In another posting, I mentioned that I was able to attend an evening service at The Metropolitan Tabernacle in London and met Mark there. Mark and I hit it off very quickly and the next day we went with the church for their annual holiday outing in Essex, a little over an hour’s drive to the east of Central London.
Mark quit school and left home when he was 16 years old. He mentioned by that time he had a number of addictions. His mother raised him and his brother as Catholics, but he had no faith by the time he left home.
Five years ago, Mark’s brother began to follow Jesus and began to talk with Mark about it as well. Mark began to attend a Hillsong church in London and was eventually exposed to the sermons of Mark Chandler in Dallas. Through these messages, Mark turned in faith to Christ, and eventually left Hillsong for the Tabernacle. He met his wife a year later and they will have been married for a year in July 2018.
As we talked together, it was clear that Mark was struggling in his relationship with his parents. He had shared the gospel with his mother (without her asking) and she would no longer talk with him about religion. His father had been estranged for ten years and at the present time Mark doesn’t even know how to contact his father. There was obvious pain in this conversation.
Mark’s outward life has significantly changed. His addictions have been turned over to Christ and he’s experiencing victory. He reads his Bible daily and shares his faith before the weekly evening service (sharing his faith at work is a different matter though). His relationship with his wife (Wara, from Boliva) is growing along with her extended family. His relationship with his parents, however, is an area that haunts him often.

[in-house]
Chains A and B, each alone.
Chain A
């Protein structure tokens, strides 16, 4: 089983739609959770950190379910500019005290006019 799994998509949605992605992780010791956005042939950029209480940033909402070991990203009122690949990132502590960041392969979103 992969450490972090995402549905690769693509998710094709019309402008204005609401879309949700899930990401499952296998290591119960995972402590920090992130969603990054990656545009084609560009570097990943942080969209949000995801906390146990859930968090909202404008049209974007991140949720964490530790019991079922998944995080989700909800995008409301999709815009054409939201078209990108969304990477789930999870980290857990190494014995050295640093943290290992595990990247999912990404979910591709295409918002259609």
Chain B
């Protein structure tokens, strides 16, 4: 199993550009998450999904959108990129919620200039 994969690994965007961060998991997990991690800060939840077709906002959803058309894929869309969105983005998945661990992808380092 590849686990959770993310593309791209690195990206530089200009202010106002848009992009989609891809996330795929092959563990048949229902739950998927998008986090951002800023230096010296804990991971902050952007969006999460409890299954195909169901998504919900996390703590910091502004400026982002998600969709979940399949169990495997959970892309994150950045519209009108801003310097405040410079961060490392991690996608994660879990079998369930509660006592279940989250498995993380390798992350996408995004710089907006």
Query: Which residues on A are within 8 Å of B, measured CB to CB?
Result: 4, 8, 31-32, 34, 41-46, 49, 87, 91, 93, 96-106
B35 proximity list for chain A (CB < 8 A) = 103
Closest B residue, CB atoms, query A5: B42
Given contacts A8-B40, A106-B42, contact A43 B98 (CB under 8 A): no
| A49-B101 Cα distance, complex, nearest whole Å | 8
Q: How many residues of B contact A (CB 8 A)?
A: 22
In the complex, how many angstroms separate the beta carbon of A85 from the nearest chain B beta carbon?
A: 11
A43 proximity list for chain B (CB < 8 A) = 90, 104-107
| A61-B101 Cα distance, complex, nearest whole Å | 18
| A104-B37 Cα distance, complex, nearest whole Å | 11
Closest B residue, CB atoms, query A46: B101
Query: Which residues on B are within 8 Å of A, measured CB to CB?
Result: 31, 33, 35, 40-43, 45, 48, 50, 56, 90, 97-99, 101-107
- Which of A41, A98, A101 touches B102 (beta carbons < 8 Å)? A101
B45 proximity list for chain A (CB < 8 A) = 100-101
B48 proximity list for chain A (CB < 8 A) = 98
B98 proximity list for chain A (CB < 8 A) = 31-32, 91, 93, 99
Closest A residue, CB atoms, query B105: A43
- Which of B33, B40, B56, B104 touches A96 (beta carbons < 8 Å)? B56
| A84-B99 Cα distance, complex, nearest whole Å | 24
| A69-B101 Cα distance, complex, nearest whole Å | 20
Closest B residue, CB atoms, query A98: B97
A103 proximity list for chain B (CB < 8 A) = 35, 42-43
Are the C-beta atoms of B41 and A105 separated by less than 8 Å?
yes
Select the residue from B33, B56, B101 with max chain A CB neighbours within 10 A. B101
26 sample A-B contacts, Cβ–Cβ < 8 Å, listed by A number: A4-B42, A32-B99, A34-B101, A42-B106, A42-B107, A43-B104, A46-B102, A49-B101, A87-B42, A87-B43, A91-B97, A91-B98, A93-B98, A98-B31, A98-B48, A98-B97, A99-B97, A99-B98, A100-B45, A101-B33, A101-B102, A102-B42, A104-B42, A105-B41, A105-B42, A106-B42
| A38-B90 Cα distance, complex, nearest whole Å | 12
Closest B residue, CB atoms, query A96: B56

Mark and I were able to spend several hours talking about how a Christian son can nurture his relationship with non-Christian parents. I gave him several ideas to implement. And, unsurprisingly, our relationship grew deeply quickly—a spiritual father and son relationship.
We will continue to Web talk and email one another over the next months, and I might be able to carve out a quick trip to visit him again in October 2018. Most of this relationship will be built on his need to relate well with his parents, but there are also areas of his Christian walk where he needs help. His church provides very good doctrinal teaching, but he expressed a need for personal mentoring in several areas.
What a joy to have a spiritual son “over the pond.” And to know that the mentoring gifts God has given me are useful there as well as here.